Let’s say you filed your first Blue Water Navy claim for ischemic heart disease in 1991.  In 1992, VA then denied your claim because you did not serve on the landmass or internal waterways of Vietnam.  You then hire Disability Help Group to help file a new Blue Water Navy claim on January 17, 2020.  When VA grants your claim, it must be retroactive to the date of the 1991 claim.  This amounts to a 29-year retroactive period.

Disability Help Group, Call Now for a Free Case Review, 800-700-0652

Has VA ever denied your Agent Orange exposure claim because you are a Blue Water Navy veteran?  You may be entitled to significant compensation.  Contact us now for a free consultation.

Additional Articles You May Find Helpful

Additional Information

FAQs

What are the 14 Blue Water Presumed Diseases?

Chronic B-Cell Leukemia,
Hodgkin’s Lymphoma,
Multiple Myeloma,
Non-Hodgkin’s Lymphoma,
Prostate Cancer,
Respiratory Cancers, including Lung Cancer,
Soft Tissue Sarcomas,
Amyloid Light-Chain (AL Amyloidosis),
Chloracne,
Diabetes Mellitus Type 2,
Ischemic Heart Disease,
Parkinson’s Disease,
Peripheral Neuropathy, and
Porphyria Cutanea Tarda.

Should I hire an advocate?

Most importantly, you should hire a disability expert that has argued hundreds of VA Compensation claims.

What is a veterans disability advocate?

A veterans disability advocate represents you before the VA. Hire a representative that has argued similar fact patterns to your case.

Can I get VA 100% for Blue Water Exposure?

Can I get VA 100% for Blue Water Exposure? Yes. Thanks to the Blue Water Navy Vietnam Veterans Act of 2019 and the Agent Orange Act of 1991, certain diseases are presumed to be related to in-service exposure to herbicides (including Agent Orange).

Generally, a veteran must prove 3 elements for service connection

Before VA will assign a rating for a disability, a veteran must first prove the disability is related to service.  In general, VA will grant disability compensation if the following elements are met:

  1. current diagnosis,
  2. in-service event, disease or injury, and
  3. medical nexus between the first 2 elements.

Special rule, Agent Orange Act of 1991

Instead of proving the 3 elements listed above, a veteran only needs to prove:

  1. Inland service in Vietnam between January 9, 1962 and May 7, 1975, and
  2. A diagnosis of one or more of the 14 presumptive conditions.

Limitation of Agent Orange Act of 1991

For over 2 decades, this presumption extended only to veterans who either set foot in Vietnam or served on boats patrolling inland waterways (also known as “Brown Water”).  This excluded thousands of veterans who otherwise would have received VA 100% due to blue water exposure while serving on Navy ships offshore during the same period.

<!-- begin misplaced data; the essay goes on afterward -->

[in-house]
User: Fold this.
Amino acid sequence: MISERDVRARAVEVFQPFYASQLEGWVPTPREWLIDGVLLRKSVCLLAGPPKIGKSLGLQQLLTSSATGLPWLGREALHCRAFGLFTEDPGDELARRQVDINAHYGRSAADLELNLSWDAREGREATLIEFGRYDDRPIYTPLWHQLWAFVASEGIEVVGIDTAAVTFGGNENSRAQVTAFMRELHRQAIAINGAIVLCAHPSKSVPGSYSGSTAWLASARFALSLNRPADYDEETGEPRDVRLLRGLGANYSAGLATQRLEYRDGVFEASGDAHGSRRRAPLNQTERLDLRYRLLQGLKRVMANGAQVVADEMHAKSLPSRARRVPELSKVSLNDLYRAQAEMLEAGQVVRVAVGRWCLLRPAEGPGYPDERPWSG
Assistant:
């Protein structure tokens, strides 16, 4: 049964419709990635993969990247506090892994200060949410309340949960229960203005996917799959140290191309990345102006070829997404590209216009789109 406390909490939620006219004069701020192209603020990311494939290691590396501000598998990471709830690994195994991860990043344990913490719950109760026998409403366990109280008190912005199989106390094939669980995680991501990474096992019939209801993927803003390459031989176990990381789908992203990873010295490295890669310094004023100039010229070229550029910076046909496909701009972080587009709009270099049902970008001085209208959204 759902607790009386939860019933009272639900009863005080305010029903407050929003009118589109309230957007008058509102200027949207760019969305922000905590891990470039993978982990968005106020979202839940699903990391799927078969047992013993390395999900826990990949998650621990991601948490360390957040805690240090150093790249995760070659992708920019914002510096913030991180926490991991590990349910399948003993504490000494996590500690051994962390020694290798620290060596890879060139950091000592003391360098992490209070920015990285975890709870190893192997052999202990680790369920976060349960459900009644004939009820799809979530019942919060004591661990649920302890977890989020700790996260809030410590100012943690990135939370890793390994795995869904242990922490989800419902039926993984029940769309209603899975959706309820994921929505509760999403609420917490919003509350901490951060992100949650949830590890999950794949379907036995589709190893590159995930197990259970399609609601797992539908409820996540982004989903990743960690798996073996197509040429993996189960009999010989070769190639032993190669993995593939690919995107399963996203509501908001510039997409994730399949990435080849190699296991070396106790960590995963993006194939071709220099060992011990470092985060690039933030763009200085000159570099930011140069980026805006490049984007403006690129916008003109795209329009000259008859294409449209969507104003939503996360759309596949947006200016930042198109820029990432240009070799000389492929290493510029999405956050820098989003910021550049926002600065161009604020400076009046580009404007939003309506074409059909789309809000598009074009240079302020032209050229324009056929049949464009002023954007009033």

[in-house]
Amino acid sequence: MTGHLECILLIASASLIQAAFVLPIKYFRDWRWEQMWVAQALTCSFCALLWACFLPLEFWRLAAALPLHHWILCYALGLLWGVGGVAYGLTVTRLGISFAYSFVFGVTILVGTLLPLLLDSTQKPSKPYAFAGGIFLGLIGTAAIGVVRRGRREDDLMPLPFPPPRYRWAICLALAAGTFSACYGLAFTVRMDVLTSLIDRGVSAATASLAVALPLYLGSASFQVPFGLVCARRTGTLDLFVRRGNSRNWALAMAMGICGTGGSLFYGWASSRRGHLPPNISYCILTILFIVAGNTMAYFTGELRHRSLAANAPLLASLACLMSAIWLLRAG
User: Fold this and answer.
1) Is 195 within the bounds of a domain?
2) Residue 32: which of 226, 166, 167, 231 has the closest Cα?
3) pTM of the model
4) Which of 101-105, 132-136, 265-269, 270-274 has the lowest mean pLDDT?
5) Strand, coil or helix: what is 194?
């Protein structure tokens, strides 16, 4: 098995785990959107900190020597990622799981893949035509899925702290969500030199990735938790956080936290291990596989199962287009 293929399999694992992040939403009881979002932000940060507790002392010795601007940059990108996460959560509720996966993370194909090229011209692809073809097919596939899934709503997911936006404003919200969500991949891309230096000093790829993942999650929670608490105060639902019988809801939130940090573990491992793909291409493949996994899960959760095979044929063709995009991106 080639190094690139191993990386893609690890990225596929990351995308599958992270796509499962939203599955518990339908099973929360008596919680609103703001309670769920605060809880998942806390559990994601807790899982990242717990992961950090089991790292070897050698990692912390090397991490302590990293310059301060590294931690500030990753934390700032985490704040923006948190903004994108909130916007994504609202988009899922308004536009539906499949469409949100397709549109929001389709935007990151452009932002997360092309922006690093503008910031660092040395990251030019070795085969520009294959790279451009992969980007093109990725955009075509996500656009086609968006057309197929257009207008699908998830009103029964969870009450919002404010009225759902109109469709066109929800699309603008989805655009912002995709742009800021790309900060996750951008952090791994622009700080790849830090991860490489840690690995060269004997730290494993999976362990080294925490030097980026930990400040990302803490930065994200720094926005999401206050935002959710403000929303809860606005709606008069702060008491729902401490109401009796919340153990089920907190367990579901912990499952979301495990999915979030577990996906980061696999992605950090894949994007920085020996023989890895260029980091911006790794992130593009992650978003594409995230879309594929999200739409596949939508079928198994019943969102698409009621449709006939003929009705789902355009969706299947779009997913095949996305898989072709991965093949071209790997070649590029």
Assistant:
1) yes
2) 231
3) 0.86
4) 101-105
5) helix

Major win for veterans, Blue Water Navy Vietnam Veterans Act of 2019

Everything changed on January 1, 2020, when the Blue Water Navy Vietnam Veterans Act of 2019 took effect. As a result, VA extended Agent Orange presumptions to veterans who served in the offshore waters of Vietnam, permitting veterans to get VA 100% for Blue Water Exposure.

What does the Blue Water Navy Vietnam Veterans Act Mean?

The Blue Water Navy Vietnam Veterans Act requires VA to treat your Vietnam Agent Orange claims as if you served “boots-on-the-ground”.  If you have any of the 14 presumptive disabilities, and you served on a blue water ship that operated within 12 nautical miles of Vietnam, then you may be entitled to VA 100%. 

Presumed Disabilities Caused By Blue Water Exposure

VA presumes that the following conditions are related to blue water exposure to herbicides such as Agent Orange:

  1. Chronic B-Cell Leukemia,
  2. Hodgkin’s Lymphoma,
  3. Multiple Myeloma,
  4. Non-Hodgkin’s Lymphoma,
  5. Prostate Cancer,
  6. Respiratory Cancers, including Lung Cancer,
  7. Soft Tissue Sarcomas,
  8. Amyloid Light-Chain (AL Amyloidosis),
  9. Chloracne,
  10. Diabetes Mellitus Type 2,
  11. Ischemic Heart Disease,
  12. Parkinson’s Disease,
  13. Peripheral Neuropathy, and
  14. Porphyria Cutanea Tarda.

Which Presumptive Disabilities Can Be Rated VA 100% Due to Blue Water Exposure?

Below is the list of presumptive disabilities that can be rated VA 100% for Blue Water Exposure. Firstly, the criteria tells VA which ratings it may assign depending on how severe the symptoms are.  Secondly, the Schedule tells VA the maximum ratings for each disability.  Thirdly, VA may only assign a 100% rating for 10 of the 14 presumptive disabilities.   

Chronic B-cell Leukemia

VA will assign a 100% rating while the leukemia is active or during a treatment phase.  This rating continues for six months after the last treatment.  When the six-month period expires, VA will rate it as either anemia or aplastic anemia, whichever would result in the greater benefit.  Under DC 7700 for anemia, VA will grant a 100% rating for the following symptoms:

  • Hemoglobin level at 5gm/100ml or less, with findings such as high output congestive failure or dyspnea at rest.